The season is changing, and that means there's a new seasonal to-do list for anyone with a green thumb.
In this edition of our gardening show Grow, GLT's Mike McCurdy talks with Illinois State University’s Patrick Murphy about action to take in the garden this fall.
For all you frugal folks, you can collect seeds for use next year. Some can just go right into the ground, like acorns. (Just be sure to discard any acorns you find with tiny pinholes. That means they’re damaged and won’t grow. You can put them in water for a few days. If they sink, toss them.) Other seeds, like from a Kentucky coffeetree, need to get scuffed up a bit next February or March before being planted. The seed is too thick and durable on its own to germinate, so scuff it up with nail clippers or a file.
- If you’re taking annuals out of your ground-level planting areas, leave time at the end to soak those areas with water when you’re done. That’ll close up those spaces where you’ve slightly changed the structure of the soil in the bedding area. A good practice before winter arrives.
- As leaves fall, raking your lawn is pretty standard. But it’s OK to leave your leaves (get it?) that may blow over to your planting areas. You can also rake them up from turf and deposit them on or bury them in your planting beds. The leaves will break down over winter. That organic compost is handy.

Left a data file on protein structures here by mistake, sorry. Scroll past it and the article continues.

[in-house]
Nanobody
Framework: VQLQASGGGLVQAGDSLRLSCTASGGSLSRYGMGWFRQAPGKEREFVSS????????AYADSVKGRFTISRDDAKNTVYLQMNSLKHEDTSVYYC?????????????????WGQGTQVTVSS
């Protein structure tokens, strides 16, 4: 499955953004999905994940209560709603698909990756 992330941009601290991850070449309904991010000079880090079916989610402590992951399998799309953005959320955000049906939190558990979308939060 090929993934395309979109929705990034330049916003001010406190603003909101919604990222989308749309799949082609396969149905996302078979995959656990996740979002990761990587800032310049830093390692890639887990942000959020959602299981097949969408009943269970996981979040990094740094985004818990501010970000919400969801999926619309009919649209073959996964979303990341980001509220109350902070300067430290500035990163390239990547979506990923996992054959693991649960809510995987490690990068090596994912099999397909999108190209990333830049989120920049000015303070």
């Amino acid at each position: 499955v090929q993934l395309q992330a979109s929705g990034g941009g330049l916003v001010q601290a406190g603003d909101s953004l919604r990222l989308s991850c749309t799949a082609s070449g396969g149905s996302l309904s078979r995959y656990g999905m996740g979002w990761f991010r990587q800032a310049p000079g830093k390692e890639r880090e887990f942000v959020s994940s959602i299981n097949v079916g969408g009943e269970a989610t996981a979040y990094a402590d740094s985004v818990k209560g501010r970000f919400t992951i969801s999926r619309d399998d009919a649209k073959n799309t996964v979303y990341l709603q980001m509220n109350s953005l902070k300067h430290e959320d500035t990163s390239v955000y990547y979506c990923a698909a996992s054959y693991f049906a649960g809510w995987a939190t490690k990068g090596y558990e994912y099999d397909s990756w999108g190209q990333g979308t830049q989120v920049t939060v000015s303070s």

- Now is also a good time to prep for pruning. Murph says winter dormancy is the best time to trim our leafy plants and our trees. So mark those limbs now with a big fat marker or rubber band so you know where to cut.
Listen to the full episode below:
People like you value experienced, knowledgeable and award-winning journalism that covers meaningful stories in Bloomington-Normal. To support more stories and interviews like this one, please consider making a contribution.